Following almost two months, the UK Gambling Commission has completed its consultation on gambling data. The regulator will now assess the findings.
UKGC Finalizes Public Consultation for Gambling Data
The UK Gambling Commission (UKGC) is wrapping up a consultation seeking evidence to see what changes the regulator should introduce to better gauge gambling participation in the country. Launched on December 18, 2020, the consultation sought expertise and advice from stakeholders as well as other interested parties.
The consultation specifically asked industry companies to catch it up on how they collect data about gambling participation rates. Today’s the last day of the process. The UKGC said that all data collected will go towards revising Gambling Act 2005.
As a result, the regulator hopes that by calibrating its own methods, it can assist the government in giving the right sort of advice on the review. The review itself has stirred quite a few spirits, pitching ideas such as restricting slot bets and setting loss limits. Slots have been the first to go, with the UKGC taking action earlier in February.
Affordability checks have been a sensitive topic and industry players have cautioned against overregulation. Yet, the Commission remains committed with devising new methods in assessing consumer developments in the industry.
“We, therefore, set out a commitment in our 2020/21 Business Plan to review our approach to measuring participation and prevalence and publish conclusions,” the watchdog said. The commission has relied on trusted entities to collect data so far. Yet, the recent debate about re-regulating gambling has given it a reason to seek further expertise.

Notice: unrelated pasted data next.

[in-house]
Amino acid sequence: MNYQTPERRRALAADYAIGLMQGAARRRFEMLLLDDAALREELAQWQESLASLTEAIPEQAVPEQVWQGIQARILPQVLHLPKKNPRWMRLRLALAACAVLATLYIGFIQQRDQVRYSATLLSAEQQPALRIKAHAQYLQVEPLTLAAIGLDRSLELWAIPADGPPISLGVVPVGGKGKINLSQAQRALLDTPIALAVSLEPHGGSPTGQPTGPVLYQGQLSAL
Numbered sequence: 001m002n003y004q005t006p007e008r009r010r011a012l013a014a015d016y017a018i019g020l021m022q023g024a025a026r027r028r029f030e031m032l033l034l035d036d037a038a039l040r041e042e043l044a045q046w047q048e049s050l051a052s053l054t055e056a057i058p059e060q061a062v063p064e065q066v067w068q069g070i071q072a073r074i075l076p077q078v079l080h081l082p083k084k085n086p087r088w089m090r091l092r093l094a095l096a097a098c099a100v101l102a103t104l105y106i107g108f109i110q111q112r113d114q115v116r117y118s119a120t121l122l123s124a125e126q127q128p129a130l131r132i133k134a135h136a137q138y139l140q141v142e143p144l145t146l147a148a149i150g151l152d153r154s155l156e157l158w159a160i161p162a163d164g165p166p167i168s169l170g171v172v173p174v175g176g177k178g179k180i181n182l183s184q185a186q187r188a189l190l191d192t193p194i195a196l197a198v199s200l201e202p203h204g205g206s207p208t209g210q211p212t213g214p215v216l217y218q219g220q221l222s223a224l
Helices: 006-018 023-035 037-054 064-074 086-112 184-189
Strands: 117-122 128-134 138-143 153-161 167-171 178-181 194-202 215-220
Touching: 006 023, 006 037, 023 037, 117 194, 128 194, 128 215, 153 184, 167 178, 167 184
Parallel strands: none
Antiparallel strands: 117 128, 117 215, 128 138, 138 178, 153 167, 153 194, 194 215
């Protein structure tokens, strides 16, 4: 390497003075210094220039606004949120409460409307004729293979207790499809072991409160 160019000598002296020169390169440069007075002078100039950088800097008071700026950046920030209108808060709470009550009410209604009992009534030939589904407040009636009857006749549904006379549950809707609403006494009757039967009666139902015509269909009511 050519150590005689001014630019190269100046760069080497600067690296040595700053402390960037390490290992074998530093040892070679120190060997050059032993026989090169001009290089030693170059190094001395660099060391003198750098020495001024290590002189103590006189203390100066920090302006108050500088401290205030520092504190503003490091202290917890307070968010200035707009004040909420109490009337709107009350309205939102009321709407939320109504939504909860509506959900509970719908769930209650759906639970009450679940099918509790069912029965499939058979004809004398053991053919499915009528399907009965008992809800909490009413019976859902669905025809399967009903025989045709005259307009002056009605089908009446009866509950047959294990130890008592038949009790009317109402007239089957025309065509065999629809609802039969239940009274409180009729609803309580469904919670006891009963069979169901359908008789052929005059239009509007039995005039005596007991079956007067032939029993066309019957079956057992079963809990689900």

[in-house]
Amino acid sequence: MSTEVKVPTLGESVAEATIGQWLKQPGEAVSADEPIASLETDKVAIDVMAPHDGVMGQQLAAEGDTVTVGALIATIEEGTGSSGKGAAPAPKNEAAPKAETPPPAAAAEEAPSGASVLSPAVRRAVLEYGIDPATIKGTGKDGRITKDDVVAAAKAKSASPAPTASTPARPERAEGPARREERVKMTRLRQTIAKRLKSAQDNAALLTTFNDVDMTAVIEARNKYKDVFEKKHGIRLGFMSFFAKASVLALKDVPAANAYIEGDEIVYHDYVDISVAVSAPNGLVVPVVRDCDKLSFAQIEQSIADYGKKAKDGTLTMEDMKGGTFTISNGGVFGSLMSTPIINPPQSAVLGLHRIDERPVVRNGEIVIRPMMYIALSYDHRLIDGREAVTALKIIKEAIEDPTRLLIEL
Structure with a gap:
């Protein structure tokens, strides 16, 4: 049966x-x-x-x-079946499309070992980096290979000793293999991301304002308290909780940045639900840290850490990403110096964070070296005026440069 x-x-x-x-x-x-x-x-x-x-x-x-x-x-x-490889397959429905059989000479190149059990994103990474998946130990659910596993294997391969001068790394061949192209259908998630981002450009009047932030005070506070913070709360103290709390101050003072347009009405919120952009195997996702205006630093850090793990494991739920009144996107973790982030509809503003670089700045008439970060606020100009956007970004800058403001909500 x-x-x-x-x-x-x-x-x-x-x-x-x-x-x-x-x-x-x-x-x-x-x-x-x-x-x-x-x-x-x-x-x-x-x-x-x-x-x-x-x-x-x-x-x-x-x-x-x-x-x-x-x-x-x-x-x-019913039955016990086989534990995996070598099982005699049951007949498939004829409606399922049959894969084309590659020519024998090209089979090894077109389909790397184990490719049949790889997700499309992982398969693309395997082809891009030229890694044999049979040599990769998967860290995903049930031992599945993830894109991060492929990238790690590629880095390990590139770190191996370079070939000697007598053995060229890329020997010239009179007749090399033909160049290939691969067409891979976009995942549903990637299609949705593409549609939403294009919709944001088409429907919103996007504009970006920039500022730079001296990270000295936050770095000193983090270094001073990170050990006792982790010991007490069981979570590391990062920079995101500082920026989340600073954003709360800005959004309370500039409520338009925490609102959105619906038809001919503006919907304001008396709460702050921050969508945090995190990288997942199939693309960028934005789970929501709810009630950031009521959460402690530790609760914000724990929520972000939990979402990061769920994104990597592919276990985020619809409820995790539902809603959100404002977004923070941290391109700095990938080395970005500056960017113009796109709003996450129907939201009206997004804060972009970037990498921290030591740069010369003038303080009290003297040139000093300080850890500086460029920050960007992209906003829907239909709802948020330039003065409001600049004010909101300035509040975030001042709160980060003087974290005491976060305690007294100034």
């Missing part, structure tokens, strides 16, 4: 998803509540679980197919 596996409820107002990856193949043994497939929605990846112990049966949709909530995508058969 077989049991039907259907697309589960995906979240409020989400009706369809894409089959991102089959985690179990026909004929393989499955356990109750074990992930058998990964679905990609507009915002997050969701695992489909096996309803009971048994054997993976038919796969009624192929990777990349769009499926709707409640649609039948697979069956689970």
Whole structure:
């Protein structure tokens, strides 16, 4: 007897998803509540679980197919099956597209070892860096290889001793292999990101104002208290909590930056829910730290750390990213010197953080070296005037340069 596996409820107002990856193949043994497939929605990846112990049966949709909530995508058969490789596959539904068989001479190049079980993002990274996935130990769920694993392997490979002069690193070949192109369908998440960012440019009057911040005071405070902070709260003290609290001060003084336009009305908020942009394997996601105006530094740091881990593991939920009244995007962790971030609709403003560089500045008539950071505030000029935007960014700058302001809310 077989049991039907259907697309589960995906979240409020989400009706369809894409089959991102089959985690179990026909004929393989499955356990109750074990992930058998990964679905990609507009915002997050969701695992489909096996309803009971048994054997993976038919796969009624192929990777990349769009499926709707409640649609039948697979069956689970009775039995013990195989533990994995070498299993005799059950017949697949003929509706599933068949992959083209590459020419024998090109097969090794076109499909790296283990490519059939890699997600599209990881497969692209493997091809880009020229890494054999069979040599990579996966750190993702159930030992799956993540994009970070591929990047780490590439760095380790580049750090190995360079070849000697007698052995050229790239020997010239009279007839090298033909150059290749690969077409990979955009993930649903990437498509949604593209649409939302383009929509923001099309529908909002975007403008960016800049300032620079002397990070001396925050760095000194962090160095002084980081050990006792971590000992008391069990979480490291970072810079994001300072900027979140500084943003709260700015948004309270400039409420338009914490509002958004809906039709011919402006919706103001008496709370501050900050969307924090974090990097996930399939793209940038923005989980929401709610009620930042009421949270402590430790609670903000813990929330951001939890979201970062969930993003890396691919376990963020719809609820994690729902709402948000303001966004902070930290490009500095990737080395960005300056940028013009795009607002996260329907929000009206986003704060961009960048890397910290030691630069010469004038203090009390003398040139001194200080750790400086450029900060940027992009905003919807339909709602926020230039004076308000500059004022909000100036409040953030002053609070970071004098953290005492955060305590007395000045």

A Fraught Market in the UK
According to the UKGC, more needs to be done for the regulator to ensure that reliable information on problem gambling is collected. In the meantime, the number of women problem gamblers has increased.
Last week, problem gamblers sent a joint letter to British bookmakers criticizing them for aggressive advertisement on social media. Yet, there have been those consumers who have argued that over-regulation would be tantamount to depriving individuals of their freedoms.
The industry will have to adapt to new market realities, many of which are likely to resemble the Scandinavian and re-regulated German markets.